Never Rebut an Objection—’Roll’ With It!


Skip Freeman

Editor’s Note: This blog is an excerpt from Skip’s book, “Headhunter” Hiring Secrets: The Rules of the Hiring Game Have Changed . . . Forever!

Skip Freeman

There is always a natural tendency to attempt to rebut each and every objection you might receive when conducting your telephone prospecting (or while interviewing). The secret to handling objections, though, is simply to “roll with them”! Get a dialogue going! Rebutting an objection causes tension and anxiety, and seldom gets you anywhere.

In wrestling, martial arts and hand-to-hand combat, the easiest way to deflect the opponent is to “roll with them,” not block them. Someone is coming at you, use their momentum to keep them going past you.

Let’s review some common objections and how to roll with them.

For example, get prepared for this Number One objection:

“You need to call HR.”

The best way to handle this objection, which will occur often enough to become an issue, is by using a response like this:

“Sure, I can call HR. But before I do, may I ask if I am the type of individual you could see making a contribution to your team?” (You didn’t try to block the objection. You “rolled with it” by saying, “Sure I can call HR.” You have agreed with them, which they weren’t expecting. Now, when you ask the follow-up question, they are more apt to work with you.)

Another, very common objection you will encounter when telephone prospecting:

“We are not hiring.”

Here is how you might handle this response:

“I didn’t necessarily think you were at this point. If someone were to resign, or when business increases at some point in the near future, am I the type of individual you would be interested in speaking with?” (Assuming you have laid out your credentials. Otherwise you can say/ask, “I didn’t necessarily call thinking you were hiring right now. What is the best way for me to get my information in front of you, so that if someone were to resign, or when business increases at some point in time, I will be ‘top of mind’ in terms of being able to bring value to you in a position?”)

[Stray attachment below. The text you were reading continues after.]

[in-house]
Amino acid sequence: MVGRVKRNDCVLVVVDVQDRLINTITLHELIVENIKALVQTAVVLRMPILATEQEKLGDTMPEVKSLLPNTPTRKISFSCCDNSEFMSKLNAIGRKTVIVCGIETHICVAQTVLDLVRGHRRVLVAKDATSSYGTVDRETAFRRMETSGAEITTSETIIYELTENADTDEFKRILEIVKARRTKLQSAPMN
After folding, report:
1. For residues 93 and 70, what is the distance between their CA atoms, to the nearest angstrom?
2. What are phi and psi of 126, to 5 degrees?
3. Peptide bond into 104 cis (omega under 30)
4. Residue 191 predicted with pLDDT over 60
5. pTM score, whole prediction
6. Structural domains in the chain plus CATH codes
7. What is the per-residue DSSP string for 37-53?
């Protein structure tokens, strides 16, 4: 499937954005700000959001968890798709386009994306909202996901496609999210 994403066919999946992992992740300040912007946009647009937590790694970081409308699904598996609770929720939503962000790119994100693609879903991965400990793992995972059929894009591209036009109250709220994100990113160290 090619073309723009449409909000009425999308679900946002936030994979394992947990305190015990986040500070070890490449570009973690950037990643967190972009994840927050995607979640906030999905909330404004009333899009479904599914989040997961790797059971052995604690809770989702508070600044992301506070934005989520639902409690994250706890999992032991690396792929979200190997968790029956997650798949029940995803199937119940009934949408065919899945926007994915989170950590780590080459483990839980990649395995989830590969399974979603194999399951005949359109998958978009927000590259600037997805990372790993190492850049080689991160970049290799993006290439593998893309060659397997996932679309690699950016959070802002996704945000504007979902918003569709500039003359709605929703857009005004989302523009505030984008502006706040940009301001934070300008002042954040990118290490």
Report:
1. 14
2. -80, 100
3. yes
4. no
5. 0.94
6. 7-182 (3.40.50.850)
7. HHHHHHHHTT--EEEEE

Let me give you an example of an objection I, as a recruiter, hear virtually every day:

“We don’t use recruiters.”

My response is always something like this:

“I understand. Please tell me, when you have a very difficult position to fill, how do you go about filling it?”

Notice, I don’t “push back”—I merely “roll with it,” and you should too. What do I mean by pushing back? If I responded something like this, “The reason you should use recruiters is. . . .” I would be pushing back.

Let me share with you one more instructive example:

Someone tells you:

“You need to go to our website, see what positions are open and apply online.”


“Certainly, I can do that. By the way, may I ask you a question? (Remember, selling is not telling, it is asking.)

(Their response)



“What do you feel makes your company a unique place to work?”

Assume they respond with something positive. Then, you could say,

“Wow, that sounds interesting and it sounds like you enjoy working there?”

(Their response)

“Yes, I do.”


“May I send my information to you? I would like to be able to stay in touch with someone who is as excited about his work and company as you are. That is somewhat rare these days.”

Now, she may or may not agree to do that, but it is a way to again develop an insider who might ultimately sponsor you. You didn’t debate why you shouldn’t apply online, you didn’t whine (spew venom) about how you have applied online six times and have never heard from someone.

Though there are no “magic words” for overcoming objections, there is a “magic formula,” and this is it:

• Don’t push back. Do not become (or appear) argumentative.
• Ask questions. Get a dialogue going.
• As you will learn further on in the face-to-face section, “lead the witness.” Implement that here.


Skip Freeman, author of “Headhunter” Hiring Secrets: The Rules of the Hiring Game Have Changed . . . Forever!, has successfully completed more than 300 executive search assignments in just seven years. Specializing in the placement of sales, engineering, manufacturing and R&D professionals in industry, he has developed powerful techniques that help companies hire the best and help the best get hired.

A distinguished graduate of the United States Military Academy, West Point, he is a lifelong student of leadership, people and the principles of success. While serving in the U.S. Army Corps of Engineers and Chemical Corps, he also earned a Master of Science degree in Organic Chemistry from The Georgia Institute of Technology and a Master of Business Administration degree in Marketing from Long Island University.

Visit or contact Skip at his book website,

Comments (1)

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  1. Rey Blagg says:

    I’d have to okay with you on this. Which is not something I typically do! I really like reading a post that will make people think. Also, thanks for allowing me to speak my mind!

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